Argus launches a new US Gulf coast assessment, a judge orders the Dakota Access pipeline to shut down and China takes a record amount of US crude just as tensions re-escalate – so many headlines in so little time.
Welcome back to our monthly blog where we cover it all: The US Crude Export Chronicles by Argus Associate Editor Amanda Hilow (@HilowMidpoint) and Senior Reporter Eunice Bridges (@eunicebridges12). Come back every month for Argus’ take on US crude exports and how they are faring as some markets start to recover from the Covid-19 shock.
Key players in the US oil market and abroad are shifting away from traditional benchmark pricing after April’s historic plunge below zero, signaling a need to move from landlocked Cushing values toward a representative WTI price at the US Gulf coast.
Argus responded to the appeal for an alternative index with the launch of the AGS Marker in late June to capture the daily outright value of Midland-quality crude across seven terminals at the US Gulf coast.
The new index is the first of its kind, capturing both waterborne and pipeline WTI transactions at Magellan’s east Houston terminal, Echo, Speed and Genoa junctions, the Enterprise Hydrocarbon Terminal (EHT) on the Houston Ship Channel, Seabrook and Texas City. (See our white paper for an in-depth analysis of the AGS Marker’s unique fundamentals.)
Liquidity reported into the AGS Marker surpassed 475,000 b/d in the assessment’s inaugural trade month, which ended just last week, on the support of bellwether crude WTI at Houston, Texas. That already represents more than 95pc of the total August trade month volume reported in the Argus Sour Crude Index (ASCI), which has been in place since 2006 as the staple benchmark for sour grades trading at the US Gulf coast.
AGS volume is poised to grow exponentially when US light sweet waterborne trade activity picks up pace with the global recovery from the early stages of the Covid-19 pandemic. The index’s shortlist of locations is planned for near-term expansion to include other terminals outside of the Houston area.
In the pipeline: DAPL drama
The Bakken shale could be facing a crisis of takeaway capacity, which is not good news for US exports.
A US district court on 6 July ordered Energy Transfer to shut the 570,000 b/d Dakota Access pipeline (DAPL) and drain oil from the line within 30 days, as a result of a long-standing legal battle over its environmental permitting. DAPL is the largest takeaway pipeline out of the Bakken and connects to another Energy Transfer pipeline to the US Gulf coast.
The company has appealed the shut down to a higher court and asked for a stay while the court reviews the case. A decision is pending – and Bakken producers are on pins and needles waiting for word. In the event of a shut down, Energy Transfer says it would take about three months to empty the line, a far cry from the 30 days prescribed by the district court.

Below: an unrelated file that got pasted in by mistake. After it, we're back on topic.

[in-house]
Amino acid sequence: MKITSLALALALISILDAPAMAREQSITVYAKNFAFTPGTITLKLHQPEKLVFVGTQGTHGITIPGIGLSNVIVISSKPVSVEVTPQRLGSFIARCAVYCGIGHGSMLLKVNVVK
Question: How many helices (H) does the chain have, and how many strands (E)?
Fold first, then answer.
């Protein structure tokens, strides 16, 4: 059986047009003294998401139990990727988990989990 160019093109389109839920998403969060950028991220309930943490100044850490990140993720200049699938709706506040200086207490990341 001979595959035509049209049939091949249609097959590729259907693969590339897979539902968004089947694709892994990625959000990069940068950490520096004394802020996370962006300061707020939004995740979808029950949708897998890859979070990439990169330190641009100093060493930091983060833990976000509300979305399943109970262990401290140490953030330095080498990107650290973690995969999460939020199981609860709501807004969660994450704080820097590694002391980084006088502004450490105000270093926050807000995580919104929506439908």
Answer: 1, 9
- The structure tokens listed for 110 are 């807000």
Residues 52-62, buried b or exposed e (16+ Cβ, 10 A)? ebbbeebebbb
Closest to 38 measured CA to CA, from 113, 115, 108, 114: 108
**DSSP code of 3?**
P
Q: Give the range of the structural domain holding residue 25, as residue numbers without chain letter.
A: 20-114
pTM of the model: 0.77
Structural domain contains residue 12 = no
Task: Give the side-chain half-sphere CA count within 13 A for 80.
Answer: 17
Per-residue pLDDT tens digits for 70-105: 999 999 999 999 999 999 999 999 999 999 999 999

On top of the DAPL woes, another Bakken pipeline is at risk of a shut down. The US Bureau of Indian Affairs issued an order to shut Marathon's High Plains crude pipeline system in North Dakota and Montana, saying that the company is trespassing on Native American land. The 700-mile system includes gathering and transportation lines. Marathon is planning to appeal.
Not all US infrastructure news this month was about shut downs. Buckeye’s South Texas Gateway terminal in Corpus Christi, Texas, started export service loading an Aframax vessel for the first time. Marine operations are expected to ramp up through the end of this year in line with additional phases of construction. The terminal will eventually have 800,000 b/d of throughput capacity.
We knew US exports to China would be strong in May – but the record high volume above 1.2mn b/d was a surprise. In fact, China surpassed Canada as the number one destination for US crude loaded in May, according to the latest monthly trade data from the US Census.
US exports heading to China averaged 1.26mn b/d, up from 114,000 b/d in April, 108,000 b/d in March and zero in January and February.
Despite the record high flows to China, overall US crude exports fell below 3mn b/d in May, the third straight month of declines reflecting the global demand impact of Covid-19.
Flows to China are anticipated to fall by at least half come June and July data, while another 21mn bl — or more than 675,000 b/d — has already been placed on subjects to load in August. But the future of those shipments is unclear as diplomatic relations between the two countries begin to deteriorate once again.
The uneasy truce in US-China relations, following the signing of an interim trade agreement in January, did not last as President Donald Trump's administration adopted a narrative of blaming Beijing for the spread of Covid-19. The US this month ordered the closure of the Chinese consulate in Houston, which was swiftly matched with a retaliatory closure of the US consulate in Chengdu.
We will be following the latest developments and whether they significantly impact trade patterns, including a possible second wave this year of floating storage for US crude.
Argus and our friends at Vortexa will co-host a webinar with BP at the end of the month about predictive analytics. We hope to see you again for next month’s analysis on US crude export flows and dynamics.
The waters are still pretty rough, but we wish you smooth sailing.